Short Sales Help, Frequently
Asked Questions Part II


Why Do Lenders Agree to Short Sales?

First, you should understand that not all lenders will agree to a short sale. Their decision depends on a number of factors such as

  • Where Your House Is Located?

  • How Much Loss Will The Lender Suffer?

  • What Is The Possibility That A Speculator/Investor Will Buy At A Foreclosure Sale?

The Most Important Thing Is To
Realize That You Have Options
And Not Give Up Hope!

Every lender has its their own requirements, so this is general information

With this said, banks would much rather agree to a Short Sale than foreclose on your home. Banks are not in the business of owning real estate. They would much rather assist a homeowner in some other options rather than foreclose on your home. A foreclosure costs a bank between $35,000 to $50,000 dollars in legal costs, carrying fees, and other related costs. A short sale is a far better option for the bank.

What Kind of Hardships Do Lenders Consider?

  • Death In The Family

  • Divorce/ Loss Of Second Income

  • Excessive Debt Obligations

  • Inability To Pay An Adjustable Interest Rate That Increases

  • Job Demotion or Promotion Denials

  • Job Loss /Unexpected Unemployment

  • Sudden Illness Or Medical Emergency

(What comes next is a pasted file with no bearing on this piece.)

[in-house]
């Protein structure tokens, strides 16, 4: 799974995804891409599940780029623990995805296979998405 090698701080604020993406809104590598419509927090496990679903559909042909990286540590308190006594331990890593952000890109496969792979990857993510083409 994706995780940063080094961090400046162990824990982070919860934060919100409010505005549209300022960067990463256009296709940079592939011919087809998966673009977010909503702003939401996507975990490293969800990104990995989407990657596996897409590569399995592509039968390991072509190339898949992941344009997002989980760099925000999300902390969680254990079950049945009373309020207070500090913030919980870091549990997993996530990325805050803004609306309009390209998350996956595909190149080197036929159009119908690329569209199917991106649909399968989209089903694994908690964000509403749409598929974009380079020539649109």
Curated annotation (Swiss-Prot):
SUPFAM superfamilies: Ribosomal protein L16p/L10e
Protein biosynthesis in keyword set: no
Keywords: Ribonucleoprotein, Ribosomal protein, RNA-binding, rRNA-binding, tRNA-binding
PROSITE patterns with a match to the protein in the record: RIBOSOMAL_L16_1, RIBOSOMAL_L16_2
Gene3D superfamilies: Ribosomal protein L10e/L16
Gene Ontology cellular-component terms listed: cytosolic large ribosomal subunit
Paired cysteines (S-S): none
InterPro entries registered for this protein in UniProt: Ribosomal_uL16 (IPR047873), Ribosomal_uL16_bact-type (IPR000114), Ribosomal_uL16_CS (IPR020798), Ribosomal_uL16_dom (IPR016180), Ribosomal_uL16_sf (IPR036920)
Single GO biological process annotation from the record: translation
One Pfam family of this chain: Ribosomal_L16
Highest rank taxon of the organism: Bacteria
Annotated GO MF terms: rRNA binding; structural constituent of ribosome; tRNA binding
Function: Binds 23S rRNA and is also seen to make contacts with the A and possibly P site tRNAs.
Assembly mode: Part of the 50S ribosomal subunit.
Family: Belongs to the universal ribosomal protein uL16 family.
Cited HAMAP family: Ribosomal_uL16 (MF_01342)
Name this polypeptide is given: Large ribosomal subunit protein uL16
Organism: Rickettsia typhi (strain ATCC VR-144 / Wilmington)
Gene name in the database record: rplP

• Unexpected Major Home Maintenance Expense

How Will the Short Sale Process Effect Any Current Foreclosure Actions?

At the time the lender agrees to the short sale proposal, the lender may or may not choose to terminate or postpone the foreclosure. The submission of a short sale package/kit to the lender does not automatically stop a foreclosure action.

Once a lender initiates a foreclosure action, the homeowner should consider that the lender will most likely retain this position until the lender has a signed contract in hand, has agreed to the short sale proposal, and has closed on the sale of the property. A foreclosure may also proceed in the case of subordinate lien holders not having agreed to waive their lien on the property.

Because of the multiple stakeholders involved, and the complex nature of the regulatory environment, qualified, licensed counsel can be critical in taking steps to prevent a lender from not following through with the short sale process, especially in the case of a lender who has the intention of opting for a foreclosure-based resolution

On Average, How Long Does a Short Sale Process Take?

The time period will vary based upon circumstances, although the approval process and time to closing, in many/most cases, is longer than that associated with the sale of a property in a non "short sale" situation

For the rest of this article please go to

Short Sales Help FAQ, Part I

Short Sales Help FAQ, Part III

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Short Sale Help, Part I

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Short Sale Help, Part III

Short Sales Help FAQ, Part I

Short Sales Help FAQ, Part II

Short Sales Help FAQ, Part III

Short Sales: Our Services

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